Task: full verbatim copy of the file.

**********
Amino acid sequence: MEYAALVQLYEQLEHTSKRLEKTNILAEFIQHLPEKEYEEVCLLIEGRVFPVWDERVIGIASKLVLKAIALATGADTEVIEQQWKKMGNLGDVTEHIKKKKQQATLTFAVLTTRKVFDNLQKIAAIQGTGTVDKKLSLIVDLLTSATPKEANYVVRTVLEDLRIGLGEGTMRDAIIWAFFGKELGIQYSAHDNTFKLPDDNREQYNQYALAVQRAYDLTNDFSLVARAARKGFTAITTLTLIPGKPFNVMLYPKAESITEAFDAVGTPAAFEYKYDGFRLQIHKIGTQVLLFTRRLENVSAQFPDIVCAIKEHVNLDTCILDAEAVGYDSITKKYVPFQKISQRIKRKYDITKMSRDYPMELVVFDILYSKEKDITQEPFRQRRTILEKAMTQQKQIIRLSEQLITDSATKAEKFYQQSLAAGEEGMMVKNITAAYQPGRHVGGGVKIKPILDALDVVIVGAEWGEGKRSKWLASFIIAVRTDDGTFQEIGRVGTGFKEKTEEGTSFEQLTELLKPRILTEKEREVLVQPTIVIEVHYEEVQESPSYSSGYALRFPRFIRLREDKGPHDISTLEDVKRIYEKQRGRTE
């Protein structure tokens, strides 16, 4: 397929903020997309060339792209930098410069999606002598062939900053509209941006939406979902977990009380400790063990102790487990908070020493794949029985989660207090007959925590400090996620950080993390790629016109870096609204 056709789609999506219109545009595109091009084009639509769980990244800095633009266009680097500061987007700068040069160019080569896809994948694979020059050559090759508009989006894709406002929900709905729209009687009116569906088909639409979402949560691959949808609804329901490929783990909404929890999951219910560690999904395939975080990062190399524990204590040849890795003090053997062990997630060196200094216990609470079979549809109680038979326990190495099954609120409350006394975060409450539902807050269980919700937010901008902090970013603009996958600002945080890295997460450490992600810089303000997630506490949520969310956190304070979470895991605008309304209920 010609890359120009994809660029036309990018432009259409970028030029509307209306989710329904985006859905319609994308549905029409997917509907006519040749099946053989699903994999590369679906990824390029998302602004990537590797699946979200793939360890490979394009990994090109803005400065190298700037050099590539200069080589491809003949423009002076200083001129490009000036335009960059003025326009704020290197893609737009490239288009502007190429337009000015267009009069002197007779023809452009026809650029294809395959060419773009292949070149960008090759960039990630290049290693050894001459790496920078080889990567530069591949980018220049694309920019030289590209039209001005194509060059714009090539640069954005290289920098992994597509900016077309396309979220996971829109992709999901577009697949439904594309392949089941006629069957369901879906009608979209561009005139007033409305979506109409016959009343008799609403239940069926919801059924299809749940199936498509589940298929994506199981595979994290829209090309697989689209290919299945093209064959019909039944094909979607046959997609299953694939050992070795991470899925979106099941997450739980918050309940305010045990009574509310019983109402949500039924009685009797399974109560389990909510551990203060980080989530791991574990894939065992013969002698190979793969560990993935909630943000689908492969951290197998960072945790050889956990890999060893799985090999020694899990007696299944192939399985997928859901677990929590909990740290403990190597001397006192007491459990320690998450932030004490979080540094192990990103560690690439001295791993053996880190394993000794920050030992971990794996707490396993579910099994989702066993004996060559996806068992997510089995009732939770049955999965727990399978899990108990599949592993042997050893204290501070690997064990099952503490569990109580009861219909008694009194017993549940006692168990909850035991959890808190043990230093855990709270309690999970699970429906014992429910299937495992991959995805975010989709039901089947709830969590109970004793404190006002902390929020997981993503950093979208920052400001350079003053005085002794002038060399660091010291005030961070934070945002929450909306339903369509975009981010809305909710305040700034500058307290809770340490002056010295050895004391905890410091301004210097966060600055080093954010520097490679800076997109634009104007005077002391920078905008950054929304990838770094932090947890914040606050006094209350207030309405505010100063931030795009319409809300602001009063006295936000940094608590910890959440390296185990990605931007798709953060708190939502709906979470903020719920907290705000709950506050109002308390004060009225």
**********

Amino acid sequence: MEYAALVQLYEQLEHTSKRLEKTNILAEFIQHLPEKEYEEVCLLIEGRVFPVWDERVIGIASKLVLKAIALATGADTEVIEQQWKKMGNLGDVTEHIKKKKQQATLTFAVLTTRKVFDNLQKIAAIQGTGTVDKKLSLIVDLLTSATPKEANYVVRTVLEDLRIGLGEGTMRDAIIWAFFGKELGIQYSAHDNTFKLPDDNREQYNQYALAVQRAYDLTNDFSLVARAARKGFTAITTLTLIPGKPFNVMLYPKAESITEAFDAVGTPAAFEYKYDGFRLQIHKIGTQVLLFTRRLENVSAQFPDIVCAIKEHVNLDTCILDAEAVGYDSITKKYVPFQKISQRIKRKYDITKMSRDYPMELVVFDILYSKEKDITQEPFRQRRTILEKAMTQQKQIIRLSEQLITDSATKAEKFYQQSLAAGEEGMMVKNITAAYQPGRHVGGGVKIKPILDALDVVIVGAEWGEGKRSKWLASFIIAVRTDDGTFQEIGRVGTGFKEKTEEGTSFEQLTELLKPRILTEKEREVLVQPTIVIEVHYEEVQESPSYSSGYALRFPRFIRLREDKGPHDISTLEDVKRIYEKQRGRTE
């Protein structure tokens, strides 16, 4: 397929903020997309060339792209930098410069999606002598062939900053509209941006939406979902977990009380400790063990102790487990908070020493794949029985989660207090007959925590400090996620950080993390790629016109870096609204 056709789609999506219109545009595109091009084009639509769980990244800095633009266009680097500061987007700068040069160019080569896809994948694979020059050559090759508009989006894709406002929900709905729209009687009116569906088909639409979402949560691959949808609804329901490929783990909404929890999951219910560690999904395939975080990062190399524990204590040849890795003090053997062990997630060196200094216990609470079979549809109680038979326990190495099954609120409350006394975060409450539902807050269980919700937010901008902090970013603009996958600002945080890295997460450490992600810089303000997630506490949520969310956190304070979470895991605008309304209920 010609890359120009994809660029036309990018432009259409970028030029509307209306989710329904985006859905319609994308549905029409997917509907006519040749099946053989699903994999590369679906990824390029998302602004990537590797699946979200793939360890490979394009990994090109803005400065190298700037050099590539200069080589491809003949423009002076200083001129490009000036335009960059003025326009704020290197893609737009490239288009502007190429337009000015267009009069002197007779023809452009026809650029294809395959060419773009292949070149960008090759960039990630290049290693050894001459790496920078080889990567530069591949980018220049694309920019030289590209039209001005194509060059714009090539640069954005290289920098992994597509900016077309396309979220996971829109992709999901577009697949439904594309392949089941006629069957369901879906009608979209561009005139007033409305979506109409016959009343008799609403239940069926919801059924299809749940199936498509589940298929994506199981595979994290829209090309697989689209290919299945093209064959019909039944094909979607046959997609299953694939050992070795991470899925979106099941997450739980918050309940305010045990009574509310019983109402949500039924009685009797399974109560389990909510551990203060980080989530791991574990894939065992013969002698190979793969560990993935909630943000689908492969951290197998960072945790050889956990890999060893799985090999020694899990007696299944192939399985997928859901677990929590909990740290403990190597001397006192007491459990320690998450932030004490979080540094192990990103560690690439001295791993053996880190394993000794920050030992971990794996707490396993579910099994989702066993004996060559996806068992997510089995009732939770049955999965727990399978899990108990599949592993042997050893204290501070690997064990099952503490569990109580009861219909008694009194017993549940006692168990909850035991959890808190043990230093855990709270309690999970699970429906014992429910299937495992991959995805975010989709039901089947709830969590109970004793404190006002902390929020997981993503950093979208920052400001350079003053005085002794002038060399660091010291005030961070934070945002929450909306339903369509975009981010809305909710305040700034500058307290809770340490002056010295050895004391905890410091301004210097966060600055080093954010520097490679800076997109634009104007005077002391920078905008950054929304990838770094932090947890914040606050006094209350207030309405505010100063931030795009319409809300602001009063006295936000940094608590910890959440390296185990990605931007798709953060708190939502709906979470903020719920907290705000709950506050109002308390004060009225």